The Climate and Which Way the Wind Blew
When I arrived in this land, its population was
hopelessly skewed, its few female inhabitants isolated in mind
and space, as much from one another as from the ranks of chiefs.
There was an invisible typing pool, located elsewhere, and a
sprinkling of secretaries, floor receptionists and an occasional
clerk of the female persuasion. On the floor where most of the
chiefs resided, the number was barely more than a handful.
Nor was commerce with one's neighbors encouraged. The sight
of two women together was unknown, not counting the little
group of the senior chiefs' secretaries who sat together in an
open area outside the offices near the boardroom. The air was
very purposeful with socializing fairly confined to the arrival
of the tea wagon, mid-morning and mid-afternoon. In the beginning
I was preoccupied with my new job, exploring my surroundings and
its resources but after a while I began to feel that there was
Remembering that when I had been teaching at SUNY
in Brockport, my closest associates had been women who had
the same interests, my horizon now seemed more empty until I
finally discovered two other young mothers whose ideas
coincided with my current passions, not all of them pleasant.
Our first and greatest loss was the absence of our children.
Every day when we left for work, the same pain of leaving our
precious little ones was there to remind us of the sacrifice we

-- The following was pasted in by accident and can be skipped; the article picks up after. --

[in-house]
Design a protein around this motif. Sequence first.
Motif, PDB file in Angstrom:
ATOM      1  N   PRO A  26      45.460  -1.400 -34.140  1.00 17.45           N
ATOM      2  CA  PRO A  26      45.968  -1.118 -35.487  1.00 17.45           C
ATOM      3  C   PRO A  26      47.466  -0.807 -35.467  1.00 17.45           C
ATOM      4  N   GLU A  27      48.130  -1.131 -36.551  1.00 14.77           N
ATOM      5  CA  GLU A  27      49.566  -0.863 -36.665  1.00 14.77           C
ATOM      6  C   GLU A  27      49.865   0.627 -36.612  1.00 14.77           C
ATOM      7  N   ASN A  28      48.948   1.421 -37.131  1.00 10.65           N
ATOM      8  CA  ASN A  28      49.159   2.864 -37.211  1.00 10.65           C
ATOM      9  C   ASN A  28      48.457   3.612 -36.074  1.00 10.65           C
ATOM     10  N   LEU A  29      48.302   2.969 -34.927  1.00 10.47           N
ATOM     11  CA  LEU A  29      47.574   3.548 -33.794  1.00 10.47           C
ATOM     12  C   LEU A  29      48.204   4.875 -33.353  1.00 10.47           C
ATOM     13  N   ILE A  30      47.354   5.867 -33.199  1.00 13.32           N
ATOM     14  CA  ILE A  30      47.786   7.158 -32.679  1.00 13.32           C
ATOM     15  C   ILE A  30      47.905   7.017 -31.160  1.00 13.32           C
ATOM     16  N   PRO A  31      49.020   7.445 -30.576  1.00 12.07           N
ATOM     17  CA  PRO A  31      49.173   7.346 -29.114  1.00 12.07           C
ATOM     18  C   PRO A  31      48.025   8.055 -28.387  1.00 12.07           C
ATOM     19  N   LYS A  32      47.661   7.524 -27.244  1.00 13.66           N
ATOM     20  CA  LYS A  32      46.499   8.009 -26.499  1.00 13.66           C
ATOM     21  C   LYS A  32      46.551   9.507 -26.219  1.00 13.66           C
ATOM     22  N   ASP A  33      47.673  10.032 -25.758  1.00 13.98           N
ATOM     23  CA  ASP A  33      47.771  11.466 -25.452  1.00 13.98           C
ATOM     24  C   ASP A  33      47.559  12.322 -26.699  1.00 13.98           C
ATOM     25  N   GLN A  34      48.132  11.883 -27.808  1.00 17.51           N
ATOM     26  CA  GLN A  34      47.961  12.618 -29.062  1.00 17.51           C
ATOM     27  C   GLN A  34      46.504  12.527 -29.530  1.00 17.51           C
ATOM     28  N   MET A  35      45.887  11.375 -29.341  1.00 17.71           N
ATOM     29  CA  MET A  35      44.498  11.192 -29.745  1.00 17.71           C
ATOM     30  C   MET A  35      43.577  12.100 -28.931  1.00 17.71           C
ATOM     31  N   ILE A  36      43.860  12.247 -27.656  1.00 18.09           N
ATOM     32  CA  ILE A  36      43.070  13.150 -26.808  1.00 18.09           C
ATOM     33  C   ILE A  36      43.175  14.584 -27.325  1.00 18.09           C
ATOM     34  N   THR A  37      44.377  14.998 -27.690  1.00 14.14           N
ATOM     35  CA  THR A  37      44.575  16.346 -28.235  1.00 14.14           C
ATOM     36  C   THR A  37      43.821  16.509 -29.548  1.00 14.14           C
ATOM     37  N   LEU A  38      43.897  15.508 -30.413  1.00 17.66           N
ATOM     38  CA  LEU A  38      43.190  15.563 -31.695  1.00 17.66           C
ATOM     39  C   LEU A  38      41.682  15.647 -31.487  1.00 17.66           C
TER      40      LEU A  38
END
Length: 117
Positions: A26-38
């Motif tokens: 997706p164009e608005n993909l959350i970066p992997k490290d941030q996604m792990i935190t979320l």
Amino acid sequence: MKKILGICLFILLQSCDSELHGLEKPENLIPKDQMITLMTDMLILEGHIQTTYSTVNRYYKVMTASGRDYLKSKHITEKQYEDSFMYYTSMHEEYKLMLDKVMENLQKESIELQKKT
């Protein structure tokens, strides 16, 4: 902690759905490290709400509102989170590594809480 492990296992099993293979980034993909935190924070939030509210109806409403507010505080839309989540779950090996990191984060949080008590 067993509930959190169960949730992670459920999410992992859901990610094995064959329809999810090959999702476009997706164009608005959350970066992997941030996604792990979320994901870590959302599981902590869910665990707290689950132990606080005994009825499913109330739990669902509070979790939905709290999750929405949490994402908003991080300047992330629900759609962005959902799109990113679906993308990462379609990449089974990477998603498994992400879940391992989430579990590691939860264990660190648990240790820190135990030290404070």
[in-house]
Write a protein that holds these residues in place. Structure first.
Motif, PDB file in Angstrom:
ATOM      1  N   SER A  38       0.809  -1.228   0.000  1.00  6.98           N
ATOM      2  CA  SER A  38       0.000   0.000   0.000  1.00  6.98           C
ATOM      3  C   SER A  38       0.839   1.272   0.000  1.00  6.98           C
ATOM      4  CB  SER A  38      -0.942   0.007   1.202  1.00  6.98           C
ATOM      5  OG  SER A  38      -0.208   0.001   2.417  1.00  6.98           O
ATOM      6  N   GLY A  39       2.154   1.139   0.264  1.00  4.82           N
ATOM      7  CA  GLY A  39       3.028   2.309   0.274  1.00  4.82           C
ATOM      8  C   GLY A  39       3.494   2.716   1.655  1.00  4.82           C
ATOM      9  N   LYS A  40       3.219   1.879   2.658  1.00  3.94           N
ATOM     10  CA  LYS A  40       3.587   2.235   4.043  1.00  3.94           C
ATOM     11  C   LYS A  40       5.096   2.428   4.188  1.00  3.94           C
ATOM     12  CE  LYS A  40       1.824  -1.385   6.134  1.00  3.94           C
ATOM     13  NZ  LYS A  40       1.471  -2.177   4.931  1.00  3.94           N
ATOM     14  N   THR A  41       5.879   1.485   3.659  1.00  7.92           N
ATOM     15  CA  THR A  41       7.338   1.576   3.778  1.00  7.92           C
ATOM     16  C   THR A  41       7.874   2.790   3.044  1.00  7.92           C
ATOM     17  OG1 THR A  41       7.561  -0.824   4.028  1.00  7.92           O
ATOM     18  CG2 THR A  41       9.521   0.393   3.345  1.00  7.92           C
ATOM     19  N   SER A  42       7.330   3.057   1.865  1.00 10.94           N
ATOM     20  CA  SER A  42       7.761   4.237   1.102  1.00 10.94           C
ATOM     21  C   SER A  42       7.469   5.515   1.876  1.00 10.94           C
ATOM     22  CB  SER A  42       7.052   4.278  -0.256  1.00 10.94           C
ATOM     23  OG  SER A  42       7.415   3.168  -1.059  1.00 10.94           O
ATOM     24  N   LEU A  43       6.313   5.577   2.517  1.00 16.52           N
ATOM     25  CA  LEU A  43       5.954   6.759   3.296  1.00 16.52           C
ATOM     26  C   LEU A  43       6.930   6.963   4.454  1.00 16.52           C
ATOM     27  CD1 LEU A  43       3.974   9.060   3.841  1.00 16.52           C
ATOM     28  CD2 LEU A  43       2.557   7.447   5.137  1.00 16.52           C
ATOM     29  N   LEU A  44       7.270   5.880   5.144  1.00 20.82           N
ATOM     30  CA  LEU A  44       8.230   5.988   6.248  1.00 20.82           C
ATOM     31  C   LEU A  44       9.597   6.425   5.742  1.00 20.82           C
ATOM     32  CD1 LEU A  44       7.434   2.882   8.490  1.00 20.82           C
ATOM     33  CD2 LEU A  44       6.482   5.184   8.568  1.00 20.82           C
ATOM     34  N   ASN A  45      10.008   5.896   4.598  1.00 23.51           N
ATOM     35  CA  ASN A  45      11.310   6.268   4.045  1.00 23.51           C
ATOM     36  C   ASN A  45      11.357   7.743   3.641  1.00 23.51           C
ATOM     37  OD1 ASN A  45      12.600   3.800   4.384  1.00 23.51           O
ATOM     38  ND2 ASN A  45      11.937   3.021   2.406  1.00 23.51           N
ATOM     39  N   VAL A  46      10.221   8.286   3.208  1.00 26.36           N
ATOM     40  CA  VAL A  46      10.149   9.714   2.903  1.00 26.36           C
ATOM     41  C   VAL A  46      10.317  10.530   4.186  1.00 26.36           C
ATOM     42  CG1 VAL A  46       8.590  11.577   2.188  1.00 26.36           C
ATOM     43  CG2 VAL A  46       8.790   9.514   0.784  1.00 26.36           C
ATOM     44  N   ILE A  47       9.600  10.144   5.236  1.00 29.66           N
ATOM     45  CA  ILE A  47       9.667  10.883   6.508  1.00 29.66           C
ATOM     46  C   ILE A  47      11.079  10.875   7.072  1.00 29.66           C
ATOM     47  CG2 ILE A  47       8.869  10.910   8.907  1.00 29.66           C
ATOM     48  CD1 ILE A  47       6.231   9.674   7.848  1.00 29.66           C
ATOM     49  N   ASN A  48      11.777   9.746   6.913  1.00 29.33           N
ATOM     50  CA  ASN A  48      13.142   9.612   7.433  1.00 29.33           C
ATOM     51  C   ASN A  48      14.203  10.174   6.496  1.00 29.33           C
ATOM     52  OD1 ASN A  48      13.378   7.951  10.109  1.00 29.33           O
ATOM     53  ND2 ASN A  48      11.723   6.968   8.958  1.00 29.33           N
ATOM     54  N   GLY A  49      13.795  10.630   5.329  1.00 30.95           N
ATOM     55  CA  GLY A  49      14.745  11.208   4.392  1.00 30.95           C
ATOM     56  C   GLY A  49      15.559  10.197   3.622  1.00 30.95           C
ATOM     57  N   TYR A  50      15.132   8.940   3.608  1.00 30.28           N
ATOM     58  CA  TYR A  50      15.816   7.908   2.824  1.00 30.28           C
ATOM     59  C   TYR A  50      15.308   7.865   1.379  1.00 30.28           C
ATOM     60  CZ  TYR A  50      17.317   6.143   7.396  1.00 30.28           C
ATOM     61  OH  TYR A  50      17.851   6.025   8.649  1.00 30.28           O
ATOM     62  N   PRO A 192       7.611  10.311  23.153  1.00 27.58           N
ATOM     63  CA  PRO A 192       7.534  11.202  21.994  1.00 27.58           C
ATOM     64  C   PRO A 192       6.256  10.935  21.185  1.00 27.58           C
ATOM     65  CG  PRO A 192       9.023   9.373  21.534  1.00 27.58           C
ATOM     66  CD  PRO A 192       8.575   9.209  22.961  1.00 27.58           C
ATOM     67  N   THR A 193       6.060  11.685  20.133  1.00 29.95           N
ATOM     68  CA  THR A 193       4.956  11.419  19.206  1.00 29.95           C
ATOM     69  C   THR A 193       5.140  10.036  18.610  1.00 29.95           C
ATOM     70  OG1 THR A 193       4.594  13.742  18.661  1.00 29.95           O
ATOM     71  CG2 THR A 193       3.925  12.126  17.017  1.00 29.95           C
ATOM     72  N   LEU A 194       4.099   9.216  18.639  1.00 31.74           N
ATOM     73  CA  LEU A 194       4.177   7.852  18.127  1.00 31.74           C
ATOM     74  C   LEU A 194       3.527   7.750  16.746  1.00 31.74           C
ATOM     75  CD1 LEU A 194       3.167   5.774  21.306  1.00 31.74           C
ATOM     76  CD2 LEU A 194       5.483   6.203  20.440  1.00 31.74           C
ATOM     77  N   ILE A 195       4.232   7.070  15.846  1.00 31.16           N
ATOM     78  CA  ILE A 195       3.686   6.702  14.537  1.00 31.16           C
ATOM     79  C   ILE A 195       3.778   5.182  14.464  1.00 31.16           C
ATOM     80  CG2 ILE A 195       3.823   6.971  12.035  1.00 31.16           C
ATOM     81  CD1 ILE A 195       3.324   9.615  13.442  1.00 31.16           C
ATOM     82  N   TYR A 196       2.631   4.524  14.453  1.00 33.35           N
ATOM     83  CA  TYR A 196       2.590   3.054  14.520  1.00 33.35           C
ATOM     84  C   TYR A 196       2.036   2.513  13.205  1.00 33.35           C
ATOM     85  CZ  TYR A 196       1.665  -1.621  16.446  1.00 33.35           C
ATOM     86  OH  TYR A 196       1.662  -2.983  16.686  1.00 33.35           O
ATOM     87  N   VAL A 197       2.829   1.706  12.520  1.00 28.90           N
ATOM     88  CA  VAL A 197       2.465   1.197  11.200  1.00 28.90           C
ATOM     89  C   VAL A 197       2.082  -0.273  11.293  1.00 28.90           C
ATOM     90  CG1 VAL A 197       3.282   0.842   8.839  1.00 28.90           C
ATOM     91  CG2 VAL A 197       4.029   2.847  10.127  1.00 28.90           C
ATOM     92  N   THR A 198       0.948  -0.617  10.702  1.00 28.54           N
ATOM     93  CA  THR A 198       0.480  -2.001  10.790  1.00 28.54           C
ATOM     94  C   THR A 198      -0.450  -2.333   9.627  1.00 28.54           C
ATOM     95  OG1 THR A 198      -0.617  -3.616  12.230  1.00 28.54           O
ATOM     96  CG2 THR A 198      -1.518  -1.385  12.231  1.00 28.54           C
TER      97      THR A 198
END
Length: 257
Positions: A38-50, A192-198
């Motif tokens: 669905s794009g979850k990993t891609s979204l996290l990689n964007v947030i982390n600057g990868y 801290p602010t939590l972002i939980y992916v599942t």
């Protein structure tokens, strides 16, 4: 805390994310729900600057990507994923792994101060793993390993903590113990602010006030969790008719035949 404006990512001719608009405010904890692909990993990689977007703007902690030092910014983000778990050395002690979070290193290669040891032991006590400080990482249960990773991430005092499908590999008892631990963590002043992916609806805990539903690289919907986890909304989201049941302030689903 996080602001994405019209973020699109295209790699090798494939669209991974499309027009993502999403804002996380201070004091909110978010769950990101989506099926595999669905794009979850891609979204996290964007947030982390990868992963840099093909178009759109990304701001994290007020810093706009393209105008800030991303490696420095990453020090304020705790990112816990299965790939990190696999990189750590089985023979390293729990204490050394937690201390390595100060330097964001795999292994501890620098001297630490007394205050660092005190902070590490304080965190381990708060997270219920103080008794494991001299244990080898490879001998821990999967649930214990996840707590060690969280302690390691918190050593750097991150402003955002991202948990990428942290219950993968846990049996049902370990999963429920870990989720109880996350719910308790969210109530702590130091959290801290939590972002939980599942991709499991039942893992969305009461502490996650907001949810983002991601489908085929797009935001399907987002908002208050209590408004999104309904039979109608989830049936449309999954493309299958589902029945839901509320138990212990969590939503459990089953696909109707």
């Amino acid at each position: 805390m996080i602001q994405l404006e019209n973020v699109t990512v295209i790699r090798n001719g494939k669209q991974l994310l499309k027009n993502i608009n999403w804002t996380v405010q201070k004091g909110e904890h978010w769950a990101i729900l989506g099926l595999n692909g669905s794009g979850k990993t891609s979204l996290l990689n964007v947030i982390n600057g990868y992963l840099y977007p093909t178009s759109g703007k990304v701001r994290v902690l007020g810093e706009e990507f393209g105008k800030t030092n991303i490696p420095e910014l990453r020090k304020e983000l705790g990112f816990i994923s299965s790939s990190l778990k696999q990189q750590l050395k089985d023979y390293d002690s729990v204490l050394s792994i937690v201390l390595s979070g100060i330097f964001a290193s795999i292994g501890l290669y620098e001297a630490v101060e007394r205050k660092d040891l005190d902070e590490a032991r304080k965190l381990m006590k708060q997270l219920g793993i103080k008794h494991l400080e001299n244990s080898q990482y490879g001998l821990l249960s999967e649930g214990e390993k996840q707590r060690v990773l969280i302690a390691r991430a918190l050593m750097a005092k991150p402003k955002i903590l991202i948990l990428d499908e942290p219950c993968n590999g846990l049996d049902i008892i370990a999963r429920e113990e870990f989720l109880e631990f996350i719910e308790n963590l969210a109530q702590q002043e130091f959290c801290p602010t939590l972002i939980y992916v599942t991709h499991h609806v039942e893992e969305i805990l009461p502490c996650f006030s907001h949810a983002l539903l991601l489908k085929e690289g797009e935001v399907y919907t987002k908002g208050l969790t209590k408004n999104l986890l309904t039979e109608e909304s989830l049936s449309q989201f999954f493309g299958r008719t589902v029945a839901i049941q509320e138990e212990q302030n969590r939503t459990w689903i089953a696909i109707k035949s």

hoped would ultimately make their futures better. That pain
was a unifying force that drew our group together.
Sharing our worries over unsatisfactory daycare, ways to
keep our children's spirits up, coping with their many needs,
reinforced our own shattered resolve. The fear that someday
we would wake up to find that we had no acceptable care for
our children was one that we all dreaded facing. One day when
I encountered that petrifying dilemma, I decided to do the
unthinkable. The day I brought Michael to the office made
nervous history among the chiefs....
In contrast to Mary´s isolation in the outside world,
Nermin came amply supplied with family, including parents,
in-laws, and more. They were Shias of East Indian descent who
had fled Tanzania, during political trouble there. Barely out
of school, she had watched government officials extort
unofficial fees from emigres. Although her family had
succeeded in avoiding these transactions, they had had to come
to Canada, almost one by one. Regrouping once they were safely
free, they filled Nermin´s life at home with old world ways
Fascinating vignettes emerged in Nermin´s stories of
family: neti pot and eastern medical rituals; ghee-rich recipes
prepared with generations of maternal concern for Nermin´s
postpartum nutritional needs.
More conservative, Nermin was the one that struggled
with a dual cultural identity, trying to please the elders to
preserve her connection to her roots but never quite succeeding
because of her westernized education. The tension created in
the younger generation of her family was likely the source of
her own husband´s inconvenient migraine headaches. But it
never seemed to daunt her commitment to being liberated.
After the birth of Nermin´s baby, she became more
dependent on her family´s sheltering connection. We almost
envied this security except for one lingering doubt. Though
Nermin´s baby had assurances of family daycare, it pained her
when her little one preferred another at end of day.
Though we worked closely throughout the day, our
missions into territories not our own were never in number. The
sight of women in the office was becoming more routine and our
group´s collaboration was being accepted but we noticed that it
was somehow a different situation when we were in motion,
especially outside our own area. Together on a mission, our
group would be even more conspicuous among the tribes than
separately and we did not want to alarm the natives.
This solitary mode of operation...